Prof. Wall, who consulted people around the world in the course of the study, believes it’s a fine balancing act between supporting the empowerment of marginalised groups in order to tell their stories publicly and freely and the need for words for wellbeing groups to be contained and safely held by competent facilitators.
Asked about the current explosion of interest in creative arts and their potential for improving mental health, Prof. Wall cited two factors: “More awareness that people around us are becoming more ‘ill,’ and a recognition throughout society including at governmental level that creativity brings more meaning, satisfaction and wellbeing into our lives.” He also acknowledged that the ‘poetic register’ can be a powerful alternative to consumerism.
Dr Clare Scott, Lapidus’s Chair during the research period, added: “We would like to thank the TS Eliot Foundation for funding this consultation research across the creative writing, education, health and therapy sectors to find out what is truly needed. The work has led to confirmation that we need to develop specific standards for professional understanding and investigate ways of enabling resilient, flexible practices, whilst also valuing the skills, knowledge and wisdom that members bring to the experience of using words for wellness.”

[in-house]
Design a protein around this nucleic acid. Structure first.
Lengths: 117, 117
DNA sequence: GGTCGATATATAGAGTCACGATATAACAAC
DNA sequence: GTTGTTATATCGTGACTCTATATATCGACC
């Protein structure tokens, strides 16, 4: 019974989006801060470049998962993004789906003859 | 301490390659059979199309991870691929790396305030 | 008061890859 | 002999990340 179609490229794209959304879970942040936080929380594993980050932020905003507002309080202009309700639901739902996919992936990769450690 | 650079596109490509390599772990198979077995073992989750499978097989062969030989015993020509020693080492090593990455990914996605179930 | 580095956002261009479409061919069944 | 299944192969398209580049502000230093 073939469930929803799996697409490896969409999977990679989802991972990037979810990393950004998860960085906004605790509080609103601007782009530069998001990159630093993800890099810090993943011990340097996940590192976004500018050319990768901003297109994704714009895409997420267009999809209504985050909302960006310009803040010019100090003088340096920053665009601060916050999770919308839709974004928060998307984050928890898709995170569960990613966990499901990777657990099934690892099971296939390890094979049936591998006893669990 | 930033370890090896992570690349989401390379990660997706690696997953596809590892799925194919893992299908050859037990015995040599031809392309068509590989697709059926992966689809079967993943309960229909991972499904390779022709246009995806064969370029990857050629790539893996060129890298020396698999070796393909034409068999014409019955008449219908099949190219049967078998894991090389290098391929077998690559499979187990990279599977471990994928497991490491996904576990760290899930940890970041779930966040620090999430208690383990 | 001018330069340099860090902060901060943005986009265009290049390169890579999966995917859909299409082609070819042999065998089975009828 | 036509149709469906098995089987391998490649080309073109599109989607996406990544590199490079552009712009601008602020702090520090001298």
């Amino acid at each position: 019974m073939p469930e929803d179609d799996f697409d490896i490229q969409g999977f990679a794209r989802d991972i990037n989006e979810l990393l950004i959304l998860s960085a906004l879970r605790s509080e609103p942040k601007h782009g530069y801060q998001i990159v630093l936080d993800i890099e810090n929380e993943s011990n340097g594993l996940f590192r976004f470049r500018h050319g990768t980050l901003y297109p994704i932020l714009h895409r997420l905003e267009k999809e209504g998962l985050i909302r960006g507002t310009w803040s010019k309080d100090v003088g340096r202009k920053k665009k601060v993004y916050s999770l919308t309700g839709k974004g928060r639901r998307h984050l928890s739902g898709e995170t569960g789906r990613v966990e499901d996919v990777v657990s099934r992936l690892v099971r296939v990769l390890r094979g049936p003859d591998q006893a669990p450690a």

Prof. Wall’s new Creative Practices for Wellbeing Framework was created with support of The TS Eliot Foundation, TS Eliot’s Old Possum's Practical Trust, and the University of Chester. The project used participatory practices over a two-year period and engaged over 50 different roles from the arts, health, business, charities and third sector organisations, and government. In addition to the new Creative Practices for Wellbeing Framework, 19 points which need wider intervention emerged from the detailed analysis of the consultation responses.
The report is translated into 18 languages which can be accessed here: www.lapidus.org.uk/report
And in English and Welsh: